One wonders why such an inept and unwilling mother would want a child so badly. Sarah is unnervingly blunt when she insists, “I’m your mother, all right? Can’t say I wanted you. Can’t say I didn’t do a rabbit’s tricks to try an’ get rid of you. If my father’d let me, you’d long been flushed down some toilet, you understand?” What is uniquely disconcerting about the scene — and about Argento’s delivery, especially — is that Sarah doesn’t say this with remorse, nor does she say it as a warning. Sarah’s deplorable account of Jeremiah’s unwelcome entry into the world is stated plainly, as a fact, as information meant to give her son a sense of context. In spite of this, Sarah is prone to inexplicable and incongruous moments of tenderness and affection for her son. And just as shadows are darkest in the brightest light, her failings and transgressions as a mother become doubly afflictive when considered alongside her few maternal moments.
Jeremiah, finally seeming orphaned for good, bounces around for the next several years, in which we learn: Peter Fonda makes for a creepy grandfather, Ben Foster makes for a creepy cousin, Wynona Ryder makes for a creepy counselor, and, well, basically everyone within Jeremiah’s sphere is creepy and, in some way, mentally or morally damaged. Every figure of authority leads Jeremiah into temptation, and then punishes him for succumbing to it. It’s a miracle he functions as well as he does — which is not to say he functions well, mind you, but he doesn’t become a catatonic or a suicide, which, given the circumstances, is pretty damn impressive.
The most unsettling aspect of the film is that Sarah is, astonishingly, the most constant and reliable force in Jeremiah’s life. For all the distant relatives and the truck stop hookups and jilted husbands and fiancés, Sarah is the one person always comes back to Jeremiah. Is this why he dabbles in transvestitism? Why he attempts to seduce his mother’s boyfriends? Or perhaps some form of Stockholm Syndrome? I can only assume that’s what Argento is driving at, for she is too concerned with the verisimilitude of her characters’ depravity to do more than hint at — if not accidentally stumble upon — that kind of psychological depth.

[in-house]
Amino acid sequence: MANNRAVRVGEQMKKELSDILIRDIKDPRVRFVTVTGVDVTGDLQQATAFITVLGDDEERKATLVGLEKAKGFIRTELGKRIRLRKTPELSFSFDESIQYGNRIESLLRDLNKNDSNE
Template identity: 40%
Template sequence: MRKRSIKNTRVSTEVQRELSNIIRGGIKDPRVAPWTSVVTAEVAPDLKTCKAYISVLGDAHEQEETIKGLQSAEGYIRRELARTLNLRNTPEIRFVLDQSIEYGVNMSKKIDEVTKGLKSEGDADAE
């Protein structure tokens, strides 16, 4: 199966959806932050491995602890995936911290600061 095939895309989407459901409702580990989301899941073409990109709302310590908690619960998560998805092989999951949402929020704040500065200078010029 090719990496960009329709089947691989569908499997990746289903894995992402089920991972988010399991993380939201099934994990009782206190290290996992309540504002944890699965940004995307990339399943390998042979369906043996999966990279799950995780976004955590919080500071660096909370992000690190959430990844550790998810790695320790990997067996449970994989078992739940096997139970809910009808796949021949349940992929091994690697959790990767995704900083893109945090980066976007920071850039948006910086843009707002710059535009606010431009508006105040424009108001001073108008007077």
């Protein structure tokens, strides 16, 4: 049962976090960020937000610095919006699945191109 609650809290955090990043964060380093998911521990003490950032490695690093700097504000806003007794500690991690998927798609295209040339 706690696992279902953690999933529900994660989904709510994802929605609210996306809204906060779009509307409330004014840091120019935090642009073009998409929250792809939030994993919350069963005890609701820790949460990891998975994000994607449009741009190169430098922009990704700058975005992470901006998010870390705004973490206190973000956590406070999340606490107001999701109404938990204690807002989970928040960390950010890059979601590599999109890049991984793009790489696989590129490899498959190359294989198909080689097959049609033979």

What Argento has crafted is a deeply disquieting film about the vulnerability of youth and the fallibility of icons and idols, be they personal, religious, or other. As a visceral, evocative, and purely demonstrative work, it succeeds at its vocation. What Argento has failed to do, however, is offer any kind of redemption for her characters. It’s no accident that Sarah’s final abduction of Jeremiah seems at once liberating and binding; he is so damaged by his upbringing that perpetuating this debauched cycle may well be the only way he can survive in the world. But what message do we take from this? Such are the unjust ways of the world? How blind and senseless we humans are? This kind of vacant morality worked superlatively in a film like Elephant; but as Gus Van Sant demonstrated when he applied the same technique to Last Days, sometimes it represents nothing more than an empty nihilism on behalf of both the characters and their progenitors.